The founder of cryptocurrency exchange FTX has said bitcoin has no future as a payment network and criticized the digital currency for its inefficiency and high environmental costs, the Financial Times reported Monday.
Bitcoin, the world’s largest cryptocurrency, is created through a process called “proof of work” that requires computers to “mine” the currency by solving complex puzzles. Large amounts of electricity are required to power these computers.
An alternative to the system is called the “proof of stake” network, where participants can purchase tokens to join the network. The more tokens they own, the more they can mine.
FTX founder and Chief Executive Sam Bankman-Fried told FT that “proof of stake” networks would be necessary to develop crypto as a payment network because they are cheaper and consume less energy.
Blockchain Ethereum, which houses the second largest cryptocurrency ether, has been working on the move to this energy-intensive network.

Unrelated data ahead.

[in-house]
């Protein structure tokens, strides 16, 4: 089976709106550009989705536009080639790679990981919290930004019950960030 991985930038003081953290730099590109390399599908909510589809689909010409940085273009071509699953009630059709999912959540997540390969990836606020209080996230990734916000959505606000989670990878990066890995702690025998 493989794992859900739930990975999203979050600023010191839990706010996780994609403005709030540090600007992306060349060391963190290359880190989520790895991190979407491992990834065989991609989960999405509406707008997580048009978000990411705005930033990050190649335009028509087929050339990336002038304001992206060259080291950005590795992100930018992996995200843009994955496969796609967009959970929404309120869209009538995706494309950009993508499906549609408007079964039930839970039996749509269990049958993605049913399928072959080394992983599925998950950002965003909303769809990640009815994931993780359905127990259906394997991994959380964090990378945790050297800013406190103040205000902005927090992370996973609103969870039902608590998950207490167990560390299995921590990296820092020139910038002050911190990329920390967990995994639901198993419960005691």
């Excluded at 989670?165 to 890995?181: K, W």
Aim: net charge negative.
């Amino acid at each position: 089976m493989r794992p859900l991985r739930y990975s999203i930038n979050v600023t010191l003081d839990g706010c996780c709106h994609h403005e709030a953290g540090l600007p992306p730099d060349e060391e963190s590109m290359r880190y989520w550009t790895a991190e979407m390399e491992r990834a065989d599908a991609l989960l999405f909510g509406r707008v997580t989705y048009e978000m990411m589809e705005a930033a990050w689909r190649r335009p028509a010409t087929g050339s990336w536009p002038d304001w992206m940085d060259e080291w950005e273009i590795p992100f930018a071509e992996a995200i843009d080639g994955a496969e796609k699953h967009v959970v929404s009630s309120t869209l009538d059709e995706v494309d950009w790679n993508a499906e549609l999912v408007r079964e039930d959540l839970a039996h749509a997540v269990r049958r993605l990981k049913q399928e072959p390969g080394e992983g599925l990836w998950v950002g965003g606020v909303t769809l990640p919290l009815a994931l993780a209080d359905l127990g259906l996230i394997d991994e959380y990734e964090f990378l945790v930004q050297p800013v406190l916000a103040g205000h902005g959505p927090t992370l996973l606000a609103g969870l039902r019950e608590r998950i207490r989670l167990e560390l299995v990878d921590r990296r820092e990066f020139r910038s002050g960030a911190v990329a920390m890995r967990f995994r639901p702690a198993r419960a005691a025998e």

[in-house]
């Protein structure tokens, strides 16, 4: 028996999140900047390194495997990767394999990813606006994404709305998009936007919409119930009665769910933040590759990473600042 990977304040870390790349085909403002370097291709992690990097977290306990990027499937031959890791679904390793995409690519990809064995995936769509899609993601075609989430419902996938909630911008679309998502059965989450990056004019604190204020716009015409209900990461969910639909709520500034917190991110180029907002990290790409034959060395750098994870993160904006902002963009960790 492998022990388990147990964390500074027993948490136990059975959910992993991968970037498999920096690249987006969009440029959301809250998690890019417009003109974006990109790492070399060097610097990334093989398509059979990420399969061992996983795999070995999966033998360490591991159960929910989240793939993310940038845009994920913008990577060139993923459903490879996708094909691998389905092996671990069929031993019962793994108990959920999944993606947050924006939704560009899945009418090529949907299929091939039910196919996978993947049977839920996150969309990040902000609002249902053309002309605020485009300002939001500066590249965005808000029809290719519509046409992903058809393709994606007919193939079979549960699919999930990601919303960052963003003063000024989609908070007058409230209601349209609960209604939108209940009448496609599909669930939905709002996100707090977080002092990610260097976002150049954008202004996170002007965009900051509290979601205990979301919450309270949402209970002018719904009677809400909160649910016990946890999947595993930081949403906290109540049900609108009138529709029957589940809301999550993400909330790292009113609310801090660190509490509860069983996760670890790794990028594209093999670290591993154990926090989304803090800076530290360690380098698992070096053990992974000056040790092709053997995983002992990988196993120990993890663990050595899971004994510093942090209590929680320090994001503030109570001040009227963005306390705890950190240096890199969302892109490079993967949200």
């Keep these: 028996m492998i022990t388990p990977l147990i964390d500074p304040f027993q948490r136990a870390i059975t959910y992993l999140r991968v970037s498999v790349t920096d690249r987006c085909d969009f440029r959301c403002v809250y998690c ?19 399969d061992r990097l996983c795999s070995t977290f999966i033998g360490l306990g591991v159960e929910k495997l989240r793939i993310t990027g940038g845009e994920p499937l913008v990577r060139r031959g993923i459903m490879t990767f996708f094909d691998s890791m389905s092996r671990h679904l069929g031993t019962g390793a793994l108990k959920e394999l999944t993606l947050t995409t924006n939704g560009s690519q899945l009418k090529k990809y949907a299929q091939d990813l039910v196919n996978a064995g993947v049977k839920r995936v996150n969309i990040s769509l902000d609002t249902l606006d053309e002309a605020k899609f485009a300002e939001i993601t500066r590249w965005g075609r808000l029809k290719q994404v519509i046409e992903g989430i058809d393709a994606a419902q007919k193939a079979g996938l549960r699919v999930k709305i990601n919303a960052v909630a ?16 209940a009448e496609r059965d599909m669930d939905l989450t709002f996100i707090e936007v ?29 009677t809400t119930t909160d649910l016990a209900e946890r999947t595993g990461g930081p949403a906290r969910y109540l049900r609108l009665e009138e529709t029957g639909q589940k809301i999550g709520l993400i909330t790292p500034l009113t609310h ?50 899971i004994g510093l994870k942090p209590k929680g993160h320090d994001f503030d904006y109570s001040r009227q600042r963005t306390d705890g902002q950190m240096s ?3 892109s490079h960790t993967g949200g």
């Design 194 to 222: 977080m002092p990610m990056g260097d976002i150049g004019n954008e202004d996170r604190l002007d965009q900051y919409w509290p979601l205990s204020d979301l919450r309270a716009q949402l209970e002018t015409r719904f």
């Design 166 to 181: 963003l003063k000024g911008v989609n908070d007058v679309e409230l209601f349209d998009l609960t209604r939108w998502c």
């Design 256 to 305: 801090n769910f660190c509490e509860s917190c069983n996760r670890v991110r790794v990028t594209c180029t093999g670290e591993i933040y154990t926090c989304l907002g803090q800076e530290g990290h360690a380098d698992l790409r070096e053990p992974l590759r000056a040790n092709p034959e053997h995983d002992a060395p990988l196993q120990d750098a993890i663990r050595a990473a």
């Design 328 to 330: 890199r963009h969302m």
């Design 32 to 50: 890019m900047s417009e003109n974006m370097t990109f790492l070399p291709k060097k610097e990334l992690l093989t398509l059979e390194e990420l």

Bankman-Fried also said he didn’t believe bitcoin should go as a cryptocurrency, and that it could still have a future as “an asset, a commodity and a store of value” like gold, the report said.
Bitcoin hit its lowest since December 2020 last week following the collapse of TerraUSD, a so-called stablecoin.
FTX, which Bankman-Fried co-founded in 2019, was valued at $32 billion in a February funding round, and Bankman-Fried itself is worth $21 billion, according to Forbes.
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